Best jobs to take while going to college (You don't know when you'll be free next quarter to work)

What is a good job while going to college? Do to the uncertainty each quarter/semester of what hours you will have available for work, how can you keep a steady place of employment if you can? Or is the best idea just to go in for a temporary position?

Landlords would not like that idea though, no? A bunch of temp jobs might make it seem like you may not be able to pay rent…

What are the best jobs in this scenario?

Stripping. There’s always work at night, and classes during the day.

When I went to college, a long, long time ago, I found a job working on campus through the college itself, so there wasn’t a problem with scheduling because they were more than willing to work with the students. Alot of the other students there found jobs at local laundromats, restaurants and convenience stores near the campus that all worked with the students and accommodated their need to change shifts with semester changes. Worked well for students needing jobs and also for the businesses because they had willing workers for all shifts. Not sure how much things have changed nowadays, but I’ll bet there are even more opportunities for students now than there used to be. Good luck! :slight_smile:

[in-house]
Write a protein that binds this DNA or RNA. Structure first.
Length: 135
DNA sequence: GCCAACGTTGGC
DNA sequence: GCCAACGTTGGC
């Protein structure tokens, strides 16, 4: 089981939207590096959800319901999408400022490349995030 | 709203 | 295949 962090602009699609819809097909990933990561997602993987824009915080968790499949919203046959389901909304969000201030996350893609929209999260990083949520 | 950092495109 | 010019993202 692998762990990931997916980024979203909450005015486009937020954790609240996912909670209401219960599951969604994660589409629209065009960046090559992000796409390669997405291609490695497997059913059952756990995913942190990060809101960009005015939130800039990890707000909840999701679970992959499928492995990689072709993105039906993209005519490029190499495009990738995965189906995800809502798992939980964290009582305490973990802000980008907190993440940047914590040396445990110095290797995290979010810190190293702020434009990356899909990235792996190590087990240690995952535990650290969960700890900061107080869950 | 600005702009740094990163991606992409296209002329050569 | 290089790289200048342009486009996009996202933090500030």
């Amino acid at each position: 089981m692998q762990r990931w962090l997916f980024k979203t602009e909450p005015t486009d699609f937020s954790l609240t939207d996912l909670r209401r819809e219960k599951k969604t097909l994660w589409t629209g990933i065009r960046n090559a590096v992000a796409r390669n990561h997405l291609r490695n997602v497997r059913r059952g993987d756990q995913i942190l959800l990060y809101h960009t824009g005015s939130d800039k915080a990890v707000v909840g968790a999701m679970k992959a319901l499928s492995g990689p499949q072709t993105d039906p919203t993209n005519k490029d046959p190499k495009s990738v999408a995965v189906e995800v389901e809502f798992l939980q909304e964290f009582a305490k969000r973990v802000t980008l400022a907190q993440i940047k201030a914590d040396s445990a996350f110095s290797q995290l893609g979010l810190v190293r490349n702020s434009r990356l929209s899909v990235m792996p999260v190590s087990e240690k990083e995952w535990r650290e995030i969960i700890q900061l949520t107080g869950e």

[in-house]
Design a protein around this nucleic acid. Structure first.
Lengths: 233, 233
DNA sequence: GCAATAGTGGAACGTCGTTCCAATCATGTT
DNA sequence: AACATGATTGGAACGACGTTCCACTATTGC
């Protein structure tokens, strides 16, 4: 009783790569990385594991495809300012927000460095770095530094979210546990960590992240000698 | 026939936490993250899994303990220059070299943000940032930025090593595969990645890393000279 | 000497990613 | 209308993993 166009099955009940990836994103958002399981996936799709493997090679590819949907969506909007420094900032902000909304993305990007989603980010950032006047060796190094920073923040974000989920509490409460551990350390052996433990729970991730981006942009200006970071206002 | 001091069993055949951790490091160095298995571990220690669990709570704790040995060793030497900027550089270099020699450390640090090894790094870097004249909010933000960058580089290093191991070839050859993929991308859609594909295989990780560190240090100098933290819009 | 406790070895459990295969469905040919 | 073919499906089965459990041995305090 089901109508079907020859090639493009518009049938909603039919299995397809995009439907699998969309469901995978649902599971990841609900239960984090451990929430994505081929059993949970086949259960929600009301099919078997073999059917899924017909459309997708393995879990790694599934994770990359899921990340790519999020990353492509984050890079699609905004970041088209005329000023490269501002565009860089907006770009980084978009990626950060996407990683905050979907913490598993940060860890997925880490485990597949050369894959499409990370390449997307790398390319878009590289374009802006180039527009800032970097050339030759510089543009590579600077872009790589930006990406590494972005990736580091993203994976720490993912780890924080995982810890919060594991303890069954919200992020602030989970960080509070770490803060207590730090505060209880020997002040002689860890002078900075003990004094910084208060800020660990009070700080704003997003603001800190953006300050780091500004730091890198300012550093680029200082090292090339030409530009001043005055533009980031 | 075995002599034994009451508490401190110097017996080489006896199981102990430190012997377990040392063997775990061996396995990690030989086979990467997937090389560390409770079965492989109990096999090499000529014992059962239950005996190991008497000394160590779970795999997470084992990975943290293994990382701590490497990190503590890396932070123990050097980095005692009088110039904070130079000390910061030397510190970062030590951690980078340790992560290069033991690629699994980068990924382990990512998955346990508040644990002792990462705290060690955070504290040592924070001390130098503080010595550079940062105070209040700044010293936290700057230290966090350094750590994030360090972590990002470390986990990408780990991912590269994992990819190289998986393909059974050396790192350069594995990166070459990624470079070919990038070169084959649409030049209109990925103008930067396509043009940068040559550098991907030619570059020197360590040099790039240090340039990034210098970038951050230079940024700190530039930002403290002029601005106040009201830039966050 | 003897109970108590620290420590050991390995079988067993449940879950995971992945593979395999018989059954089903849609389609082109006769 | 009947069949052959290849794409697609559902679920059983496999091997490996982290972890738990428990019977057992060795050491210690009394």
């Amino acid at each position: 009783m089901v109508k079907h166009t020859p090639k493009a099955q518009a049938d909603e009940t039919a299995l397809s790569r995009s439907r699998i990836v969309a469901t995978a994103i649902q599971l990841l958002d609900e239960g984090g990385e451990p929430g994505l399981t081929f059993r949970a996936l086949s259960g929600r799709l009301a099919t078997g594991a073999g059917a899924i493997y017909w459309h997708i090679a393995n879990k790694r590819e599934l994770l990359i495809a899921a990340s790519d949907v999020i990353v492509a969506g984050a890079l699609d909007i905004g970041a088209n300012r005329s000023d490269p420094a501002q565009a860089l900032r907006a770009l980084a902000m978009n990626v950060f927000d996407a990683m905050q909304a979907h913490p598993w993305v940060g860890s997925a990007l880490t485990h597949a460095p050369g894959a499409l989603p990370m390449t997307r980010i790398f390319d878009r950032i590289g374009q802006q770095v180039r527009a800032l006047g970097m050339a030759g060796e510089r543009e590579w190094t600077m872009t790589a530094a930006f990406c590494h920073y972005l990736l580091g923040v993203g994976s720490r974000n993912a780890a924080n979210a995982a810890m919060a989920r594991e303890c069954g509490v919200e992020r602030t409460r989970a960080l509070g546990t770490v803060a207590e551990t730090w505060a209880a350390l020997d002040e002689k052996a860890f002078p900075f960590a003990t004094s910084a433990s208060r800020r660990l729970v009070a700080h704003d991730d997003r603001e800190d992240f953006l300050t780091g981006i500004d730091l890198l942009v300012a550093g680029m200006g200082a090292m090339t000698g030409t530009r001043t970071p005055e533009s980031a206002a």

I clerked in a department store all through college. People not going to school wanted to work 9-5ish, so there was always a need to fill evenings and weekends. The only time it was an issue was one particular asshole manager who liked to change the schedule and not inform me. He tried to get me called on the carpet over that but it backfired on him.

The best was when I was on commission in the shoe department. I was the only one who would reliably show up on Sunday, and that was the day the sales started, so we would still have all the sizes.

It was a bittersweet day for my Dad when I graduated and he lost the employee discount.

What are you majoring in? What do you want to do after college? Be sure to weigh short-term small money now vs long-term career goals. Obviously you need to eat, but some strategy now can help you later.

Landlords may require that someone with more stable income (e.g. a parent) sign as a guarantor.

But if you do get on the lease without one, I’ve never had anyone check my employment status when I’ve renewed. I’ve also signed leases when my employment has been temporary.

I had a job in the library I got through the school; later I worked for a professor as a lab assistant. Obviously in both cases they were aware of the academic schedule.